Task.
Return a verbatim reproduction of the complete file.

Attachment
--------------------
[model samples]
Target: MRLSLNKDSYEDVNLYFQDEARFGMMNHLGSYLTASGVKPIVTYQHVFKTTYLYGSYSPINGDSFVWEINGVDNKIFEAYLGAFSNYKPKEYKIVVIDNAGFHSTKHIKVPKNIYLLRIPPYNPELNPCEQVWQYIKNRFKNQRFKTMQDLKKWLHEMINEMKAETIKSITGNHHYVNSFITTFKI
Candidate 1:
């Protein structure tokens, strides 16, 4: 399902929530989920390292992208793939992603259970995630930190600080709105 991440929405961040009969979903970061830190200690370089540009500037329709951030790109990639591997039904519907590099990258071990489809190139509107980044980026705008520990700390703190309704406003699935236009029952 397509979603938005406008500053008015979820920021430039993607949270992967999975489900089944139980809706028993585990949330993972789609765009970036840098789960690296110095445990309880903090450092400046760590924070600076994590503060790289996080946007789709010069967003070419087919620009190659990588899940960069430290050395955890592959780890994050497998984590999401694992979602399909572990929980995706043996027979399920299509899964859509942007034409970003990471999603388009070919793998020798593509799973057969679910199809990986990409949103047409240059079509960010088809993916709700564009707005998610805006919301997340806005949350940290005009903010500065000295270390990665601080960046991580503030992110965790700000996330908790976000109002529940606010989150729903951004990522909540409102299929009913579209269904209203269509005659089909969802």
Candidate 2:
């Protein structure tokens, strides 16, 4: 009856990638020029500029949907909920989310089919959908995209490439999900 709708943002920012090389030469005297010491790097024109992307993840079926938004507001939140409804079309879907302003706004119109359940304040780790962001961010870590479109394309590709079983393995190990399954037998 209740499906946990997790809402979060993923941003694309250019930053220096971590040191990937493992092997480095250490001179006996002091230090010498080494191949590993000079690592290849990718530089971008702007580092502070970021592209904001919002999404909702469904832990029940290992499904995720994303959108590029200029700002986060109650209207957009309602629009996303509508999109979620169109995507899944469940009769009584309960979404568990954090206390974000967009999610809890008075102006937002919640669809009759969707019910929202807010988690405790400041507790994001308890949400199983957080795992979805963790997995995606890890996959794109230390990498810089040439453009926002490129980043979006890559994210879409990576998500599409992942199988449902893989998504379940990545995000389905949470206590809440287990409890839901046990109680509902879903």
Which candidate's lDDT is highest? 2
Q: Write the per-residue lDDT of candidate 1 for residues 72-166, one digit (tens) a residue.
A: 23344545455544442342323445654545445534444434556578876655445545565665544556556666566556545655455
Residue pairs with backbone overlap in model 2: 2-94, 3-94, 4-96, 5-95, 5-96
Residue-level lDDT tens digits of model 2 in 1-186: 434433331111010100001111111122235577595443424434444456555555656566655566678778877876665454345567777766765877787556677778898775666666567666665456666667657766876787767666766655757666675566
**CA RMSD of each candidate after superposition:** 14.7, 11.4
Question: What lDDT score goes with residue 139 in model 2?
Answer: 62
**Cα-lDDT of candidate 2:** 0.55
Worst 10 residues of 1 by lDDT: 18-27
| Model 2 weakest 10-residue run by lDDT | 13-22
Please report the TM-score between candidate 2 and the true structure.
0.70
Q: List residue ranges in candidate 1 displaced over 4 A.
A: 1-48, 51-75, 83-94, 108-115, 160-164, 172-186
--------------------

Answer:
[model samples]
Target: MRLSLNKDSYEDVNLYFQDEARFGMMNHLGSYLTASGVKPIVTYQHVFKTTYLYGSYSPINGDSFVWEINGVDNKIFEAYLGAFSNYKPKEYKIVVIDNAGFHSTKHIKVPKNIYLLRIPPYNPELNPCEQVWQYIKNRFKNQRFKTMQDLKKWLHEMINEMKAETIKSITGNHHYVNSFITTFKI
Candidate 1:
């Protein structure tokens, strides 16, 4: 399902929530989920390292992208793939992603259970995630930190600080709105 991440929405961040009969979903970061830190200690370089540009500037329709951030790109990639591997039904519907590099990258071990489809190139509107980044980026705008520990700390703190309704406003699935236009029952 397509979603938005406008500053008015979820920021430039993607949270992967999975489900089944139980809706028993585990949330993972789609765009970036840098789960690296110095445990309880903090450092400046760590924070600076994590503060790289996080946007789709010069967003070419087919620009190659990588899940960069430290050395955890592959780890994050497998984590999401694992979602399909572990929980995706043996027979399920299509899964859509942007034409970003990471999603388009070919793998020798593509799973057969679910199809990986990409949103047409240059079509960010088809993916709700564009707005998610805006919301997340806005949350940290005009903010500065000295270390990665601080960046991580503030992110965790700000996330908790976000109002529940606010989150729903951004990522909540409102299929009913579209269904209203269509005659089909969802």
Candidate 2:
């Protein structure tokens, strides 16, 4: 009856990638020029500029949907909920989310089919959908995209490439999900 709708943002920012090389030469005297010491790097024109992307993840079926938004507001939140409804079309879907302003706004119109359940304040780790962001961010870590479109394309590709079983393995190990399954037998 209740499906946990997790809402979060993923941003694309250019930053220096971590040191990937493992092997480095250490001179006996002091230090010498080494191949590993000079690592290849990718530089971008702007580092502070970021592209904001919002999404909702469904832990029940290992499904995720994303959108590029200029700002986060109650209207957009309602629009996303509508999109979620169109995507899944469940009769009584309960979404568990954090206390974000967009999610809890008075102006937002919640669809009759969707019910929202807010988690405790400041507790994001308890949400199983957080795992979805963790997995995606890890996959794109230390990498810089040439453009926002490129980043979006890559994210879409990576998500599409992942199988449902893989998504379940990545995000389905949470206590809440287990409890839901046990109680509902879903």
Which candidate's lDDT is highest? 2
Q: Write the per-residue lDDT of candidate 1 for residues 72-166, one digit (tens) a residue.
A: 23344545455544442342323445654545445534444434556578876655445545565665544556556666566556545655455
Residue pairs with backbone overlap in model 2: 2-94, 3-94, 4-96, 5-95, 5-96
Residue-level lDDT tens digits of model 2 in 1-186: 434433331111010100001111111122235577595443424434444456555555656566655566678778877876665454345567777766765877787556677778898775666666567666665456666667657766876787767666766655757666675566
**CA RMSD of each candidate after superposition:** 14.7, 11.4
Question: What lDDT score goes with residue 139 in model 2?
Answer: 62
**Cα-lDDT of candidate 2:** 0.55
Worst 10 residues of 1 by lDDT: 18-27
| Model 2 weakest 10-residue run by lDDT | 13-22
Please report the TM-score between candidate 2 and the true structure.
0.70
Q: List residue ranges in candidate 1 displaced over 4 A.
A: 1-48, 51-75, 83-94, 108-115, 160-164, 172-186